Image of the heat pump on a Mill Bay, B.C. home
A heat pump was installed in the back of the Mill Bay home, and energy savings are expected to pay off the purchase and installation expenses for the project in 10 to 12 years.

New heat pump is not like the old one

This wasn't Popowich's first go-round with a heat pump. He had one installed in a Victoria home in the 1980s. But with today's better technology and the competition spawned by the increased popularity of heat pumps, the experience of owning one has changed dramatically.

Popowich was extremely happy with the expertise and advice of his contractor, and he was taken aback at the difference in size between his old heat pump and the new one.

"It's so much smaller," he says. "My old one was this large, round circular thing, probably about three foot in diameter. I think the new one is probably just two and a half feet high and is very narrow, just a little rectangular unit. We had it installed in a place with good air flow, just a bit away from the side wall of the basement of the house. And it's exceptionally quiet."

Popowich said installation required minimal duct work, most work was done in a day, and the contractor showed up later to thoroughly clean up the area, including the landscaping around where the installation took place. After some initial trepidation – "Initially, when you do something like this, you worry about what might go wrong" – Popowich says the comfort and energy savings have him confident he made a great choice.

"I realize how fortunate we are that our timing worked out well in getting this before the heat wave, and secondly, that we could afford it," he says. "But I will say the BC Hydro rebate was a huge incentive."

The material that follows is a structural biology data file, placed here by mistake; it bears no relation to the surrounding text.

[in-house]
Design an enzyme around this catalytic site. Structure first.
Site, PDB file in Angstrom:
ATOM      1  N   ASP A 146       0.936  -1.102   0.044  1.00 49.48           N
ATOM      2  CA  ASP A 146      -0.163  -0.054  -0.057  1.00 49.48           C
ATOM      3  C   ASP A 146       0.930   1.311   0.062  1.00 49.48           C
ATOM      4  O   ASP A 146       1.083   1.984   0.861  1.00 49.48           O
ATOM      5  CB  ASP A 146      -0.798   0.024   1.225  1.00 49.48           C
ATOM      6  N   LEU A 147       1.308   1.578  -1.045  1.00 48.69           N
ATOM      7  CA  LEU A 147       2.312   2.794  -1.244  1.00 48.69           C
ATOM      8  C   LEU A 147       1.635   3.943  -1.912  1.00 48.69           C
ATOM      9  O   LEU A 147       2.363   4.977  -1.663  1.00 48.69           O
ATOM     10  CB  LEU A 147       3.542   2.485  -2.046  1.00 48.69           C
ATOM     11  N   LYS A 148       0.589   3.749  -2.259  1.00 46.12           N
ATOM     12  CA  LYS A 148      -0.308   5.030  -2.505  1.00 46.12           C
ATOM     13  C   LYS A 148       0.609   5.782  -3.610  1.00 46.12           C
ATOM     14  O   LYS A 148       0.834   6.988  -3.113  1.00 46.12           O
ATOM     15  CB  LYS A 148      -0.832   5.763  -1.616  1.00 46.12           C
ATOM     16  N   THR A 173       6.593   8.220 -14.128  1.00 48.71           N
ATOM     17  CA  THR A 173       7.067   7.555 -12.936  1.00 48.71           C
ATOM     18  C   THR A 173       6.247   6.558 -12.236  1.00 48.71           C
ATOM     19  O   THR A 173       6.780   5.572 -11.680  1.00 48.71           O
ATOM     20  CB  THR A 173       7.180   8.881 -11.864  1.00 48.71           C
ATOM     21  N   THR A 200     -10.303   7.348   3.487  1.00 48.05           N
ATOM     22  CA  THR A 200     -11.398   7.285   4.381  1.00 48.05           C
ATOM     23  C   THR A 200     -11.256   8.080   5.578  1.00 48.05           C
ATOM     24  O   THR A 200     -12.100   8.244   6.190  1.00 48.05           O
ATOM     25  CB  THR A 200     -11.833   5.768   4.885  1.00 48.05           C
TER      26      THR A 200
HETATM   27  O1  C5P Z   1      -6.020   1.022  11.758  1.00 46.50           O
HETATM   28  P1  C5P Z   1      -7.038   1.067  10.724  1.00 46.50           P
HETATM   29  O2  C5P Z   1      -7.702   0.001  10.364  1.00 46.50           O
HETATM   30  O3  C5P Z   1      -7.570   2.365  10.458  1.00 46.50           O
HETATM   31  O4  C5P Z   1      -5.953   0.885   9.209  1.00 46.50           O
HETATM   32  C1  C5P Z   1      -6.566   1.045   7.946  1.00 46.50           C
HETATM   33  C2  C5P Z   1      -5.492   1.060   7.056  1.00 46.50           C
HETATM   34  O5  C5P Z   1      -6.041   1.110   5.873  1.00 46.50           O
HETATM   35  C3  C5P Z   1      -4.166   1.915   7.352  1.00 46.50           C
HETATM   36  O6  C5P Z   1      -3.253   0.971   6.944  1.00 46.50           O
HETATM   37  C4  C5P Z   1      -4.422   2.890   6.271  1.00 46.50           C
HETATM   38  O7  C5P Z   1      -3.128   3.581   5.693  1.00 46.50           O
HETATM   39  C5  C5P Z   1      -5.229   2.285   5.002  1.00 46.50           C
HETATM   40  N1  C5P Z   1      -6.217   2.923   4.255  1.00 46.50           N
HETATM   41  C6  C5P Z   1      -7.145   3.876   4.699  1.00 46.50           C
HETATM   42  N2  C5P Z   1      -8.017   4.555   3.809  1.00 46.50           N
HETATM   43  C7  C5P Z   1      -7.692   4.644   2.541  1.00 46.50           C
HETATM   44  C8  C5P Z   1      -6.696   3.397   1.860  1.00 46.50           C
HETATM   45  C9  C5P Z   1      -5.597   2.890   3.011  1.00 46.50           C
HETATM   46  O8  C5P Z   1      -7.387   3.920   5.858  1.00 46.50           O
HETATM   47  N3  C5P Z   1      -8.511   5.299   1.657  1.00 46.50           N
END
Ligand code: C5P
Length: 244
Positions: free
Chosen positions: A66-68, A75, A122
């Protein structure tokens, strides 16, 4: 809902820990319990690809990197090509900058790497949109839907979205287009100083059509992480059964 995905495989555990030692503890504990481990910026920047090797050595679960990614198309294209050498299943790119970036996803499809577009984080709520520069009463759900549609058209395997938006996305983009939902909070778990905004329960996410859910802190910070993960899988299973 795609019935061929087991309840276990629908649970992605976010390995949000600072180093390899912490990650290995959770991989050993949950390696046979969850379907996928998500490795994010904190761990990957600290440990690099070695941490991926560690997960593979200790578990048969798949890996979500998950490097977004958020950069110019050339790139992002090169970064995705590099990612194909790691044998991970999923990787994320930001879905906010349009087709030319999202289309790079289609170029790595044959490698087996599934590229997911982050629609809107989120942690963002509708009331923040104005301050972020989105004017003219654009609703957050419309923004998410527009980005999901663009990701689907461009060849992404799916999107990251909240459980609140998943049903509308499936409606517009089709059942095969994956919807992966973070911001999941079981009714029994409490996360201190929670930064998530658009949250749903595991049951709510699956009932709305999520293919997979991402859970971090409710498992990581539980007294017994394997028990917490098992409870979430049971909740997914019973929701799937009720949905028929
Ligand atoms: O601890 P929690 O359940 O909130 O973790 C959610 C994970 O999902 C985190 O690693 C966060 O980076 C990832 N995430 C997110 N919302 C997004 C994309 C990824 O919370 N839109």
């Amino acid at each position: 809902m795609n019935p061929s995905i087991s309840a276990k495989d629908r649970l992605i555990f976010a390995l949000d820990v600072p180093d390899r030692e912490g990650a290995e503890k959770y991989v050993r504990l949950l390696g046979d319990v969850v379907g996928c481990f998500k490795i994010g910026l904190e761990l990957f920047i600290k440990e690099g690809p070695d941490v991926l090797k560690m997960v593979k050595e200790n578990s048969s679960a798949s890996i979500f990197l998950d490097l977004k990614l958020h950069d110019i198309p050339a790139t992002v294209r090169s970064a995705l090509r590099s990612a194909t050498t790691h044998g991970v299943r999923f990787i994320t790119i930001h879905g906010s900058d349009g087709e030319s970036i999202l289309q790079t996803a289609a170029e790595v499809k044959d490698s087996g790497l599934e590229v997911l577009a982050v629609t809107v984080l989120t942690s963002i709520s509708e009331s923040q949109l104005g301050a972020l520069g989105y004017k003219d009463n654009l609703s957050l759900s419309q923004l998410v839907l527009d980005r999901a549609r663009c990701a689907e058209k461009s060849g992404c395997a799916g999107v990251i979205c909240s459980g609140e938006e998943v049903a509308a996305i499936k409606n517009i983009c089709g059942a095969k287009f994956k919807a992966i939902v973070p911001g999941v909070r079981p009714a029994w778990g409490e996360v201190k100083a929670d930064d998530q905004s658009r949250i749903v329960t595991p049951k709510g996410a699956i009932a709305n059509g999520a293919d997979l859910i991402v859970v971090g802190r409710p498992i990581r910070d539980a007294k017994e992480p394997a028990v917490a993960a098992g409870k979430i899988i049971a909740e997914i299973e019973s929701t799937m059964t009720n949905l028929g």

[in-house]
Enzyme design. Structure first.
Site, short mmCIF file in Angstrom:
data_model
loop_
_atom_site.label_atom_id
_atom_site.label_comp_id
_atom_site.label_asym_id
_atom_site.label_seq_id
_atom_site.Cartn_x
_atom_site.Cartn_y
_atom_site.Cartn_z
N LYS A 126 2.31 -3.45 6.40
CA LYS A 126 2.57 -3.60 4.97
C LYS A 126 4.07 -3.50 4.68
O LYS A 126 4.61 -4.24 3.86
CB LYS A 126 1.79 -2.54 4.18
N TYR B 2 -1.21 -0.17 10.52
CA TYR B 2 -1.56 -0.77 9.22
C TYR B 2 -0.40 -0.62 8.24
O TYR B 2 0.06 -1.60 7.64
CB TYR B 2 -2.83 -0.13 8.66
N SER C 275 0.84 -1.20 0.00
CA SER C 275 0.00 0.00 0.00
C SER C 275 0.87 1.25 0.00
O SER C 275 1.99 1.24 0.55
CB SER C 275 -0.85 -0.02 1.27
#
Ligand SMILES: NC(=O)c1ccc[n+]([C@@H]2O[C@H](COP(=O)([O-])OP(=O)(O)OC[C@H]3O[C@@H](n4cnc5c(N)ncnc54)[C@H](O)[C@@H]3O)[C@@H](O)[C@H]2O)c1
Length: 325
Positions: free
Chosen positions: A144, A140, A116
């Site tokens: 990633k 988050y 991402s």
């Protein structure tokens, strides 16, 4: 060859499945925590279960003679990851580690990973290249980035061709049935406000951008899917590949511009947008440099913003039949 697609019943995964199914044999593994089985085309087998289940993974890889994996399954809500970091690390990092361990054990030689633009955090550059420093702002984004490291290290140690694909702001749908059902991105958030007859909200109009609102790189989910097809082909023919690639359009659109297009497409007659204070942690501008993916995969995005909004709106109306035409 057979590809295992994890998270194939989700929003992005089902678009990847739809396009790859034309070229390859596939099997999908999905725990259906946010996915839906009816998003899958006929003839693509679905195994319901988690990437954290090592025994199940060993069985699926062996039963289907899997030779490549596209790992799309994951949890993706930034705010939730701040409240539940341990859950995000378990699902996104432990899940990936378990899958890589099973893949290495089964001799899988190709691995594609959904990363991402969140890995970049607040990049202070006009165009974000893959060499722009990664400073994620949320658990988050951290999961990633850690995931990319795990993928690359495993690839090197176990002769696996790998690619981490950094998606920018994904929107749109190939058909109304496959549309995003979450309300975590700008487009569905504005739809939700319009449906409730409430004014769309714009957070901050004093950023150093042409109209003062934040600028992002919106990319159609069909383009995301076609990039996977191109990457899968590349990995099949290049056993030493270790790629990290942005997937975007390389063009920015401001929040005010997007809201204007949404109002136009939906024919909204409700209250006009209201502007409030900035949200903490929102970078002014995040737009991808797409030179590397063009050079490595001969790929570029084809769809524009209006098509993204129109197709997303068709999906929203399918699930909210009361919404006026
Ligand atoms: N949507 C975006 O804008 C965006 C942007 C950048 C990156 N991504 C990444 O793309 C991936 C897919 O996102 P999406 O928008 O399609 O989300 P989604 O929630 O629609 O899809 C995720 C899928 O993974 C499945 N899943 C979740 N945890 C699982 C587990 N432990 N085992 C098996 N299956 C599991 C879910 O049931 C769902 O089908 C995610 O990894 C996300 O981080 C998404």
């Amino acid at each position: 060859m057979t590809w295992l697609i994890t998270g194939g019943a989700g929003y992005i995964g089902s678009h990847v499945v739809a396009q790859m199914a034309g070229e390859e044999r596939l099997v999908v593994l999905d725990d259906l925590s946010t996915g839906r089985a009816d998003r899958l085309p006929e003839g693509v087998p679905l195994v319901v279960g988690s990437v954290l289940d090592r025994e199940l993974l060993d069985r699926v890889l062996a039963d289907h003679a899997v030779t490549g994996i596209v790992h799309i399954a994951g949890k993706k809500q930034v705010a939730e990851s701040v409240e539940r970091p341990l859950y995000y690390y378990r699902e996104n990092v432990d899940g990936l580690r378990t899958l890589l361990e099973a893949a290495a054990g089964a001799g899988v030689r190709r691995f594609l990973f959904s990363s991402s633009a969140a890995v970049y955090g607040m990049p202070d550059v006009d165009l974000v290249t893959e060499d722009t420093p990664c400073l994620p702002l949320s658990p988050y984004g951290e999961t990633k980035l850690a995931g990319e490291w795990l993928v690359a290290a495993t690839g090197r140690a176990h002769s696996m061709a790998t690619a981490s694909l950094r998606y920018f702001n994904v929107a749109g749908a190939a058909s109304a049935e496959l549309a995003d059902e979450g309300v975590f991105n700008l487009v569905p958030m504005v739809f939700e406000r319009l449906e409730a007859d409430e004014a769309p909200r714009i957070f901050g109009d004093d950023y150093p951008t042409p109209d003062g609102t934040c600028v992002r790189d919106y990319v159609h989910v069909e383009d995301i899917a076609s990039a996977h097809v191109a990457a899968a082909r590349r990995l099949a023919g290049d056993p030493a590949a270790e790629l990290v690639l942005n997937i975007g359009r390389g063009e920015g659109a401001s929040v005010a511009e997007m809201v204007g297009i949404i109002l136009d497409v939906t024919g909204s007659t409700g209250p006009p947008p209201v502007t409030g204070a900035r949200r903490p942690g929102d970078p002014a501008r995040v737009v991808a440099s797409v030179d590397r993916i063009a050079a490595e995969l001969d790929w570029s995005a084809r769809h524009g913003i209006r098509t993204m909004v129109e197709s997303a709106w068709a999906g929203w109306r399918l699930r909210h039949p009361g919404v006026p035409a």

Aside from the comfort and savings, Popowich says he and his wife Annie are environmentally conscious and aware that the choices of today could help make things better for their grandchildren down the road.

"I've got kids in their thirties who are super conscious about the environment, and their children are going to be the ones who are living in in the world in in the next 50 to 100 years," he says. "We haven't done a great job of sort of looking after the environment up until now, and I think that doing things like being more cost-effective and more energy efficient with electricity is a fantastic thing."

Consider a Program Registered Contractor for your heat pump installation

Heat pump and insulation Program Registered Contractors (PRC) have completed additional training so that they can provide the best service possible. Working with a PRC means you're working with someone trained in industry best practices and knowledgeable about rebates available for your upgrades. It's important to get the right kind of heat pump, and the right size of heat pump, for your particular home.

If you're considering using home renovation rebates to help with insulation upgrades, you'll now be required to use a Program Registered Contractor to qualify for the rebate.

Learn more about Program Registered Contractors and how to find one.

Learn more about heat pumps